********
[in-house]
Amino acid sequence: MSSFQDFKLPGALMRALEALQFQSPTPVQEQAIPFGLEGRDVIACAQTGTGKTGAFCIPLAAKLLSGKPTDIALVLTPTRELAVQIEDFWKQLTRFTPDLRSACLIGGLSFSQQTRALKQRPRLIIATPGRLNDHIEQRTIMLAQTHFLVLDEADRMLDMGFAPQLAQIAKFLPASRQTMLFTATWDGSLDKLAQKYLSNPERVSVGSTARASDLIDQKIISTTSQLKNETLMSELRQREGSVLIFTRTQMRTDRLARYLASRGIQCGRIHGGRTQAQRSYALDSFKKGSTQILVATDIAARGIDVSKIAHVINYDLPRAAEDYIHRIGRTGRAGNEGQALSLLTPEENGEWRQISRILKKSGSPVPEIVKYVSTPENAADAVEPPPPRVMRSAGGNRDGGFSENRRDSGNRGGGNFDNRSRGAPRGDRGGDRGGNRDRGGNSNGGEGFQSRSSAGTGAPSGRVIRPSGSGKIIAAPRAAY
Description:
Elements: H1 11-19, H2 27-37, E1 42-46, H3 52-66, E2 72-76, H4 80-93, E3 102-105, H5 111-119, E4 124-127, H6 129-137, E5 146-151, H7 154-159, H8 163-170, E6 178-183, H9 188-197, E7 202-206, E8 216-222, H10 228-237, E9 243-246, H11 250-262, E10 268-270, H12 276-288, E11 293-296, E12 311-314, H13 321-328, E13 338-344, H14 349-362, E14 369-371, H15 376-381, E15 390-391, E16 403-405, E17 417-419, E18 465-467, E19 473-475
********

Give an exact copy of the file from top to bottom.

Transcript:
[in-house]
Amino acid sequence: MSSFQDFKLPGALMRALEALQFQSPTPVQEQAIPFGLEGRDVIACAQTGTGKTGAFCIPLAAKLLSGKPTDIALVLTPTRELAVQIEDFWKQLTRFTPDLRSACLIGGLSFSQQTRALKQRPRLIIATPGRLNDHIEQRTIMLAQTHFLVLDEADRMLDMGFAPQLAQIAKFLPASRQTMLFTATWDGSLDKLAQKYLSNPERVSVGSTARASDLIDQKIISTTSQLKNETLMSELRQREGSVLIFTRTQMRTDRLARYLASRGIQCGRIHGGRTQAQRSYALDSFKKGSTQILVATDIAARGIDVSKIAHVINYDLPRAAEDYIHRIGRTGRAGNEGQALSLLTPEENGEWRQISRILKKSGSPVPEIVKYVSTPENAADAVEPPPPRVMRSAGGNRDGGFSENRRDSGNRGGGNFDNRSRGAPRGDRGGDRGGNRDRGGNSNGGEGFQSRSSAGTGAPSGRVIRPSGSGKIIAAPRAAY
Description:
Elements: H1 11-19, H2 27-37, E1 42-46, H3 52-66, E2 72-76, H4 80-93, E3 102-105, H5 111-119, E4 124-127, H6 129-137, E5 146-151, H7 154-159, H8 163-170, E6 178-183, H9 188-197, E7 202-206, E8 216-222, H10 228-237, E9 243-246, H11 250-262, E10 268-270, H12 276-288, E11 293-296, E12 311-314, H13 321-328, E13 338-344, H14 349-362, E14 369-371, H15 376-381, E15 390-391, E16 403-405, E17 417-419, E18 465-467, E19 473-475